Taipei will launch a humanitarian programme providing assistance to Hong Kongers who decide to come to Taiwan following Beijing's approval of a proposal for new national security legislation in Hong Kong.
The programme, to be funded by the Taiwanese government, will focus on providing legal residency, accommodation, and physical and mental care for Hong Kongers who may wish to move to Taiwan, Mr Chen Ming-tong, who heads the Cabinet-level Mainland Affairs Council (MAC), said yesterday.
Taiwan President Tsai Ing-wen announced on Wednesday that the self-ruled island would offer a rescue action plan for Hong Kong.
Taiwan, which China sees as a renegade province, deals with Hong Kong and Macau under rules that allow residents of the two Chinese cities to invest in Taiwan much more easily than mainland Chinese.
The resolution to craft the national security law, approved yesterday by China's National People's Congress, will allow Chinese authorities to directly deal with acts in Hong Kong aimed at toppling the state.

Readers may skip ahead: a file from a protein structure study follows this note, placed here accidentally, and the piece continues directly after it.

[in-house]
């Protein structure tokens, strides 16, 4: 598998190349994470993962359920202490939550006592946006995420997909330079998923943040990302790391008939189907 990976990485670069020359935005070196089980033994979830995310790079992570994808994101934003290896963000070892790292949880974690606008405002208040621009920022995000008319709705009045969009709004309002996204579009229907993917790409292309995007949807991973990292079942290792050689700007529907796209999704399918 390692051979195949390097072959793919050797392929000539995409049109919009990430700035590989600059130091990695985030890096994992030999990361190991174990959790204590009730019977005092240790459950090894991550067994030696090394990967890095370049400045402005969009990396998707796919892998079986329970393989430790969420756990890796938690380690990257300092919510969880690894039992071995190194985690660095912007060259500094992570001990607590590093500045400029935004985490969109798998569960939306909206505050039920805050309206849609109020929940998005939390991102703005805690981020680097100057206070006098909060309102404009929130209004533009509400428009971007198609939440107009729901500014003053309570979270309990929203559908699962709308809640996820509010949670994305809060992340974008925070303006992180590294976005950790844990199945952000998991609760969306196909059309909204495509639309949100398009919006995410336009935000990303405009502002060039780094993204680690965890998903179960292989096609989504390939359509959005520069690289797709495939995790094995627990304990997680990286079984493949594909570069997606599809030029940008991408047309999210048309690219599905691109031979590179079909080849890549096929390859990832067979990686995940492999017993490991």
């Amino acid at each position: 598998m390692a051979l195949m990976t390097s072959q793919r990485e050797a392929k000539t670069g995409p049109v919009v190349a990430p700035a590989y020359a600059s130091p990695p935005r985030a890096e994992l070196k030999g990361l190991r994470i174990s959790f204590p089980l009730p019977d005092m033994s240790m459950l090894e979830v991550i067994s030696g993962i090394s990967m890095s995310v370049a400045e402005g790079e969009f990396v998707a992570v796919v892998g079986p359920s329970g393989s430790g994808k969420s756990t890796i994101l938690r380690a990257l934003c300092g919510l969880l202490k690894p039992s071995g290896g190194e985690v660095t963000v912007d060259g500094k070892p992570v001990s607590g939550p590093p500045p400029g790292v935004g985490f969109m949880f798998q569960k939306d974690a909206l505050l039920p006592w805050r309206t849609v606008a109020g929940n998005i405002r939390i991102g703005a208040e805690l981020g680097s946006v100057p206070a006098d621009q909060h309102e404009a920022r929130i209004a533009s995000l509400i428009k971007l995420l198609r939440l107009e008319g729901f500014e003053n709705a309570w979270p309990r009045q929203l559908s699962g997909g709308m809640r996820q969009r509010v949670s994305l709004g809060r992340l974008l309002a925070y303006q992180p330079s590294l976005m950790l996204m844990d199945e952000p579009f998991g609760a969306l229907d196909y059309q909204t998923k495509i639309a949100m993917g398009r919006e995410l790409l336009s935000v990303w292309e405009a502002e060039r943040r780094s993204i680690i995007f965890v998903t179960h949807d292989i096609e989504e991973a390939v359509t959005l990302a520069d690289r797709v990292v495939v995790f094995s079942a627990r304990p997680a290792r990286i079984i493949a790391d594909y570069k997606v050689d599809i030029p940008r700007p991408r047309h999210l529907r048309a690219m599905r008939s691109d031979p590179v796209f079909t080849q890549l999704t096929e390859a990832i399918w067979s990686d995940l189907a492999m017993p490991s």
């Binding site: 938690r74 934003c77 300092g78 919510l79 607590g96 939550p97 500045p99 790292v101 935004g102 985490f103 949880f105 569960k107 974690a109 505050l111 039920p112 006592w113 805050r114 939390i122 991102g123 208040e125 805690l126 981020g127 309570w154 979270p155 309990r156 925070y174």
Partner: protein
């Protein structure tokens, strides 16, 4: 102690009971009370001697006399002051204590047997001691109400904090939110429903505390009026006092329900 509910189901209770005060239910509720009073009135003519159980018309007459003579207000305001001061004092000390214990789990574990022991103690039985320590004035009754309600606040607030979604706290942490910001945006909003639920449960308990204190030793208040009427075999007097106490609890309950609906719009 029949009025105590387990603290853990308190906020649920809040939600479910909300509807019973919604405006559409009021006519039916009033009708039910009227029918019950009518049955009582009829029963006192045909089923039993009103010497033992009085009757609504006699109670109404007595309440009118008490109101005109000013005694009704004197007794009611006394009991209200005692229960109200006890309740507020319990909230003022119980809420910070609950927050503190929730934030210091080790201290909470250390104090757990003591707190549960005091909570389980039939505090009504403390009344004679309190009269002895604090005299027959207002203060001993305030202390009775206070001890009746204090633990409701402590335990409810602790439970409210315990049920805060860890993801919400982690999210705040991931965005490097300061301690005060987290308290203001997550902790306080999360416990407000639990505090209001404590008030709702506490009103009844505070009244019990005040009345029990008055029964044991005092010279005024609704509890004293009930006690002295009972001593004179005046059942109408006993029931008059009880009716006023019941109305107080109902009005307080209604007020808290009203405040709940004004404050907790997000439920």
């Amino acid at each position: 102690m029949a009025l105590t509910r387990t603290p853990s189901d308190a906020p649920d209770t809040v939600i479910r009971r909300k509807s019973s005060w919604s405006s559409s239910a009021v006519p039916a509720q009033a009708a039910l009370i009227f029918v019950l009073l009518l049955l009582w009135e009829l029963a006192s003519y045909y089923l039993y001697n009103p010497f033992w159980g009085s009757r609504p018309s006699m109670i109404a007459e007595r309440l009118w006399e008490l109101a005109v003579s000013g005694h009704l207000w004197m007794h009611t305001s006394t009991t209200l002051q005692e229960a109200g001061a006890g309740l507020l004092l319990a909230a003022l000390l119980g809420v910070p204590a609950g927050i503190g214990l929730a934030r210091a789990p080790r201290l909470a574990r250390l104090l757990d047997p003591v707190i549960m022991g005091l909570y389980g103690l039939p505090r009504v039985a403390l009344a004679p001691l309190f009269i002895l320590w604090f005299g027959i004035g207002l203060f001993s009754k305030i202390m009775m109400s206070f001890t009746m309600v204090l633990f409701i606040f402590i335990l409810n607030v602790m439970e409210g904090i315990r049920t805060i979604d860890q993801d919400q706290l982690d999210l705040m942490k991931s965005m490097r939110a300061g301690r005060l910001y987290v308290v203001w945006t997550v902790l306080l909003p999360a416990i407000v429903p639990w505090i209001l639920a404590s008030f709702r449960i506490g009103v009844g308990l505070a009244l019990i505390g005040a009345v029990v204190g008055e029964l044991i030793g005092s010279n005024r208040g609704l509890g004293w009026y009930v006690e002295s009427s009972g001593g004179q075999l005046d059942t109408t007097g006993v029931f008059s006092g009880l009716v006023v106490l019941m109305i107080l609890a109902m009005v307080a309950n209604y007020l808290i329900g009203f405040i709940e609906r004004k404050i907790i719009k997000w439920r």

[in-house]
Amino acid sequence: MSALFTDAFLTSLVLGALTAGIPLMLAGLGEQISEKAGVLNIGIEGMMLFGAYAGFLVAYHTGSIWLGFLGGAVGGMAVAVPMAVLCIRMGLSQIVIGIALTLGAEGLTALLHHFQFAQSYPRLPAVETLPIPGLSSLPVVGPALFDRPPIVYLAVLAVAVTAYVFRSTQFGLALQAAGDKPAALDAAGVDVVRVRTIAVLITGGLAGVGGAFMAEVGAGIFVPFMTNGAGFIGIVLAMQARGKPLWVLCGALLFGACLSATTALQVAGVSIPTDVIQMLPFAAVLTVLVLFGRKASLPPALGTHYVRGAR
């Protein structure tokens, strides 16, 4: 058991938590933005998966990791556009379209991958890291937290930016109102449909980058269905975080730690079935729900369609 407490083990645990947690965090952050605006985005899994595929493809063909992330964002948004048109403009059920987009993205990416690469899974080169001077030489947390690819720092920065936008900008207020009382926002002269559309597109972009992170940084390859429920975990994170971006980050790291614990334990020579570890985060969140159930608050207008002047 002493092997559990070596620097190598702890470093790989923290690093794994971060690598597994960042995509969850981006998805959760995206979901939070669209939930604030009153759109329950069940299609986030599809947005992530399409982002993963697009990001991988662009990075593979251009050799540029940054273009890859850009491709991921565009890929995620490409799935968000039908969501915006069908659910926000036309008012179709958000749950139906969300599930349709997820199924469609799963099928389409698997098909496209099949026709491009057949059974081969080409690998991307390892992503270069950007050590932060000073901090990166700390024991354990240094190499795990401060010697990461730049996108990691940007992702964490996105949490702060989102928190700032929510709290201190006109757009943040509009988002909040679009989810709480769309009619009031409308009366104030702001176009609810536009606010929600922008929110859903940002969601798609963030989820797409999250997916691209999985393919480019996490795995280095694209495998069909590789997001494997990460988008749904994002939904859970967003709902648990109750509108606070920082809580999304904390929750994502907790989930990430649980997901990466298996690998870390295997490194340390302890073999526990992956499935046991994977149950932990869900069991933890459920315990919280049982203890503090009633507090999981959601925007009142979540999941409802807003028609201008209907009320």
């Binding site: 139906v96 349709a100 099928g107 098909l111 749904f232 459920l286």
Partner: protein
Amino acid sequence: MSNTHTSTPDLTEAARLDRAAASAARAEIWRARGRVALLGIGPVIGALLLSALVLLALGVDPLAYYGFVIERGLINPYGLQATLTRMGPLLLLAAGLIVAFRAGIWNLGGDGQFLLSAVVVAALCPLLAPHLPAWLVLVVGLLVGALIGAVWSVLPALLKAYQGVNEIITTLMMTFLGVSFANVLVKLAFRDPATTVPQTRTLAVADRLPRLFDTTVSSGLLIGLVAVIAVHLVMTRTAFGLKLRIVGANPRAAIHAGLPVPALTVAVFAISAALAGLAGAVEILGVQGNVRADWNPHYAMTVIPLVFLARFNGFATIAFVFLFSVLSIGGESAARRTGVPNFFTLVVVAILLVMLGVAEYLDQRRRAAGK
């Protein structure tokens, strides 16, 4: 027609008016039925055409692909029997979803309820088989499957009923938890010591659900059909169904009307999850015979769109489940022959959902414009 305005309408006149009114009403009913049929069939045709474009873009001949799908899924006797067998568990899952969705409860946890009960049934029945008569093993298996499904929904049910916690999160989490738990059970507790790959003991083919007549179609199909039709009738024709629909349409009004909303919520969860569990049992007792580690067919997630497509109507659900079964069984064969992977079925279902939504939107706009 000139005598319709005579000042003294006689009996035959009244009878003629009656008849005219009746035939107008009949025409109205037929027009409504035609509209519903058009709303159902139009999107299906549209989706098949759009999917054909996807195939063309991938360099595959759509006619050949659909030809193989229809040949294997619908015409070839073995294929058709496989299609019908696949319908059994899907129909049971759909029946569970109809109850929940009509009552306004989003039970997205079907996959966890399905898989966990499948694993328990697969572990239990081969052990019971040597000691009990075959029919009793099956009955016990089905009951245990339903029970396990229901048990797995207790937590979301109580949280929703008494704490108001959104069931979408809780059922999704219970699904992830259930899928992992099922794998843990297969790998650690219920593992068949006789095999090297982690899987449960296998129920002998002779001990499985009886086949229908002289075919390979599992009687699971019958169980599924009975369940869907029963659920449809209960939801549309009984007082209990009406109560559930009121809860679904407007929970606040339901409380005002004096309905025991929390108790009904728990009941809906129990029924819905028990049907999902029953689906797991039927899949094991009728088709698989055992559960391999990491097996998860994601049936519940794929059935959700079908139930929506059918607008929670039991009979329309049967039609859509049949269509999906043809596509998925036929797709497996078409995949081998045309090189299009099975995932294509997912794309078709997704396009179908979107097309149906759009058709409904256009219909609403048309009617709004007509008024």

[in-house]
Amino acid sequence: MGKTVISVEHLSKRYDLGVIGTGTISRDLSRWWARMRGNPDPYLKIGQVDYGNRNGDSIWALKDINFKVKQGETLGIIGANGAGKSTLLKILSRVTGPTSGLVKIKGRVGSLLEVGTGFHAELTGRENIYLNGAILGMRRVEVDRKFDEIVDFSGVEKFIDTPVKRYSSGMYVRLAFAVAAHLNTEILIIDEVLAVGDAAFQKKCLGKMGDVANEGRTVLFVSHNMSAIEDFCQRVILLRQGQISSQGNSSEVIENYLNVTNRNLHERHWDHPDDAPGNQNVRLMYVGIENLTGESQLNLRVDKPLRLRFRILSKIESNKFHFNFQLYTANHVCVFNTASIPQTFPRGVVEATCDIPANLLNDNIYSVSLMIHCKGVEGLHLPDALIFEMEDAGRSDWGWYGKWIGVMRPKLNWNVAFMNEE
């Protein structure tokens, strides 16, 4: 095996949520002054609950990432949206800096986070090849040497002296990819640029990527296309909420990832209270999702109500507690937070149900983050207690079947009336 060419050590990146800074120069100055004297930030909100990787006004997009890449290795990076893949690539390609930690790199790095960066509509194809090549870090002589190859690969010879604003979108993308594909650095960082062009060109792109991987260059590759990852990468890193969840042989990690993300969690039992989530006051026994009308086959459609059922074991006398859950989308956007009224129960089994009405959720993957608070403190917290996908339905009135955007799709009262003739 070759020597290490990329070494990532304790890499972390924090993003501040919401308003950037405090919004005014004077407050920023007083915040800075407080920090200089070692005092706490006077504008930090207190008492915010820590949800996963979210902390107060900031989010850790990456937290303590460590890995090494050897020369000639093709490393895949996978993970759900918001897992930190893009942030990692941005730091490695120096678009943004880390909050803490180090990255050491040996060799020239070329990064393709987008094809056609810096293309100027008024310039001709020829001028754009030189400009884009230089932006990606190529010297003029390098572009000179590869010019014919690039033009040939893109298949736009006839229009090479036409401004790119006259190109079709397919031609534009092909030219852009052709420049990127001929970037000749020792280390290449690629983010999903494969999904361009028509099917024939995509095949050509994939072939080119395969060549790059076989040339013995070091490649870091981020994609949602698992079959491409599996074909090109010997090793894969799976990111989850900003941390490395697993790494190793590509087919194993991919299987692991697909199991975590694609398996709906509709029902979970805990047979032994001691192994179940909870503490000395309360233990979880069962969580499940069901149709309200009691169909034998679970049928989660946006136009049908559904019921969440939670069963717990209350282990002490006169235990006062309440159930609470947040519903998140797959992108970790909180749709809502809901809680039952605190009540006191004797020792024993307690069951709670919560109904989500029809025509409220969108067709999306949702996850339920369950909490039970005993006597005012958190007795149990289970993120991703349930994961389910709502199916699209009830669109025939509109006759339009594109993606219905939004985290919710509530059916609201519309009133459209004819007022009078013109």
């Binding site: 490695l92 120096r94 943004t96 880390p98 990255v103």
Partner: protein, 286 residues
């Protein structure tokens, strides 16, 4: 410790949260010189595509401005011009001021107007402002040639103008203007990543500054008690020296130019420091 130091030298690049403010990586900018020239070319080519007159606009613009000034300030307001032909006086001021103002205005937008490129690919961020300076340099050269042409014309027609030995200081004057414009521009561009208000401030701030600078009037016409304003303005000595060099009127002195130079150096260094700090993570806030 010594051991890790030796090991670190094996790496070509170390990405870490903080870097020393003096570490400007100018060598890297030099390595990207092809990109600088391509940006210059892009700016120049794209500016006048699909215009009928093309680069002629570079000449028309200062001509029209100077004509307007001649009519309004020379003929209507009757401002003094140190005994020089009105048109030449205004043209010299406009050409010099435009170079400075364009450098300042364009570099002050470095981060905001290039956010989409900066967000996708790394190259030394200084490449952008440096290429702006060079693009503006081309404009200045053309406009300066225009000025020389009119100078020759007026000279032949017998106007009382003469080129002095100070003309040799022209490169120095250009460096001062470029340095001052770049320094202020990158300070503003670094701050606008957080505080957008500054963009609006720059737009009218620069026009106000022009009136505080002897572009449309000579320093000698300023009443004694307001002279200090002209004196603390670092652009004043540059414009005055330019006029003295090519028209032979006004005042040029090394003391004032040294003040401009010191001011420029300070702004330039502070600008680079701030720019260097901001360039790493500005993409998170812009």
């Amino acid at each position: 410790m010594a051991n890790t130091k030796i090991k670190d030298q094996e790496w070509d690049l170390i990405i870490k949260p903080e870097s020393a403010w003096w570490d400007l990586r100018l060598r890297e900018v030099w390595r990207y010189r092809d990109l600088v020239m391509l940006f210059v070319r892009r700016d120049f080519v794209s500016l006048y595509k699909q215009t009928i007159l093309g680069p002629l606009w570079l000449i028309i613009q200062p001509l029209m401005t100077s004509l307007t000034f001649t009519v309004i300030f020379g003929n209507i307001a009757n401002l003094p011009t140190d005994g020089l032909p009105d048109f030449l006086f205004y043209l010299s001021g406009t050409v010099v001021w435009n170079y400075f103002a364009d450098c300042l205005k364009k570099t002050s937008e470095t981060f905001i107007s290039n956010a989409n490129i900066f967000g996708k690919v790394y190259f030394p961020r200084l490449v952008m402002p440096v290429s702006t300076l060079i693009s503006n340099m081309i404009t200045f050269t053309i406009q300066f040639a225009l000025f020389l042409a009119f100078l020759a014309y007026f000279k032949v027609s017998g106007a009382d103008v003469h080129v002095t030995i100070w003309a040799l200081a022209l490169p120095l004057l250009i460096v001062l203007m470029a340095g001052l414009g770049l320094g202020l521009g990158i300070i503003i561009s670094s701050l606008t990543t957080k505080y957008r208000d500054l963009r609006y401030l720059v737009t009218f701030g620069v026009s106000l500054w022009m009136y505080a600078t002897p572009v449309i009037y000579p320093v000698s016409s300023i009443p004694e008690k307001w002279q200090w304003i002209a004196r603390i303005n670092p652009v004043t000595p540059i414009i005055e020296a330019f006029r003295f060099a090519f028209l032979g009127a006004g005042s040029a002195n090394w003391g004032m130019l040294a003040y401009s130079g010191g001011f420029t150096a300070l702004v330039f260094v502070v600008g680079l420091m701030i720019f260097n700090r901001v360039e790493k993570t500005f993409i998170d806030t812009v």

In response to the Tsai administration's plans, China's Taiwan Affairs Office spokesman Ma Xiaoguang warned the Democratic Progressive Party to not "loot a burning house" and stir things up.
In a briefing to Taiwan's Parliament, after a discussion with Premier Su Tseng-chang, Mr Chen said the programme will be headed and funded by the government. "The government will not give up on Hong Kong. In facing changes in the future, there will be continued and well-rounded rescue work in which Hong Kongers are provided help."
Ms Tsai had said over the weekend that should the security law be implemented, her administration would consider invoking Article 60 of the Laws and Regulations Regarding Hong Kong and Macau Affairs to ensure Taiwan's national security and interests remain protected in Taiwan's close ties with Hong Kong. The article allows Taiwan to revoke part or all of the Act, if Taiwan's security is endangered.
Hong Kongers in Taiwan and opposition parties had expressed concern over Ms Tsai's post, though the MAC said on Monday that the President's statement was a warning to Chinese authorities.
Some 24 civic groups gathered on Wednesday and yesterday, calling for the need for a fully-fledged asylum system.
The number of Hong Kongers granted residence in Taiwan jumped 40 per cent last year, with 5,858 receiving residence rights, up from 4,148 in 2018.